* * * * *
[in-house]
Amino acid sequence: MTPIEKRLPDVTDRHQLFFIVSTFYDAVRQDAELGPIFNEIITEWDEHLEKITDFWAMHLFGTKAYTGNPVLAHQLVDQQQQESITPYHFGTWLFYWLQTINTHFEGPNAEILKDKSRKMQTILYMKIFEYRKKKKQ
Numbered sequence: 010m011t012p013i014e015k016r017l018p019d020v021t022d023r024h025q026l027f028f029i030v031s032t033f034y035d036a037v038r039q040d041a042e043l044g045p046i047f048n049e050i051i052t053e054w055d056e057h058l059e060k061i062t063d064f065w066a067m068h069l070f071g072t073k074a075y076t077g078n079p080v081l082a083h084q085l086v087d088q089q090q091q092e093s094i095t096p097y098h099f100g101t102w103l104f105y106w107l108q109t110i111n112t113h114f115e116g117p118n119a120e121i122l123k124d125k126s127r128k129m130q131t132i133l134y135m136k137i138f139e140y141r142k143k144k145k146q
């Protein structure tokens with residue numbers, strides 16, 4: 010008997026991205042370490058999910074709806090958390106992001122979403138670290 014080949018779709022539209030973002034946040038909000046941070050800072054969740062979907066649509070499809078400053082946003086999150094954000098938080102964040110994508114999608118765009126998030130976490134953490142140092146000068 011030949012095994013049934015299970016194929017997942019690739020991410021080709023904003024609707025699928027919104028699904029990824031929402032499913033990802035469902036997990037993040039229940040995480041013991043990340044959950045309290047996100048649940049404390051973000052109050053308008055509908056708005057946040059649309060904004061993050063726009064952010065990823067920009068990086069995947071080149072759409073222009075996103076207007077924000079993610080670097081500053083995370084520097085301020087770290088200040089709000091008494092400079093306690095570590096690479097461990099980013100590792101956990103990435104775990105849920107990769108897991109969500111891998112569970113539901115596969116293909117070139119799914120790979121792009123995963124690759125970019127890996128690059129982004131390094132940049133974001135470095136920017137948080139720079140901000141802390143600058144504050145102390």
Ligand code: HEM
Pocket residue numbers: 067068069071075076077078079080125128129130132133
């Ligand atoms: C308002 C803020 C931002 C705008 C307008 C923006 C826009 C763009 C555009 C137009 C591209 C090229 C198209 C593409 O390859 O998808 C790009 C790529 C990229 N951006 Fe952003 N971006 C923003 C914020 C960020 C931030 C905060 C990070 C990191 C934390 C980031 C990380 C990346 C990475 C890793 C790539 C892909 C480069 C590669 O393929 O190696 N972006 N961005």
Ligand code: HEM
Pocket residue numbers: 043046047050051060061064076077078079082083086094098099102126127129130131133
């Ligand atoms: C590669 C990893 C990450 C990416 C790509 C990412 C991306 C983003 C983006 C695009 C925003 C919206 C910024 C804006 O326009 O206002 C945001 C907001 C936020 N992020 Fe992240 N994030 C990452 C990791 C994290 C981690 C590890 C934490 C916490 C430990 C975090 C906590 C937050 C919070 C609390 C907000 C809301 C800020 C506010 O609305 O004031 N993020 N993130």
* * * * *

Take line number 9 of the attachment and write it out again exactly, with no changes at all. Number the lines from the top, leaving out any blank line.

Pocket residue numbers: 043046047050051060061064076077078079082083086094098099102126127129130131133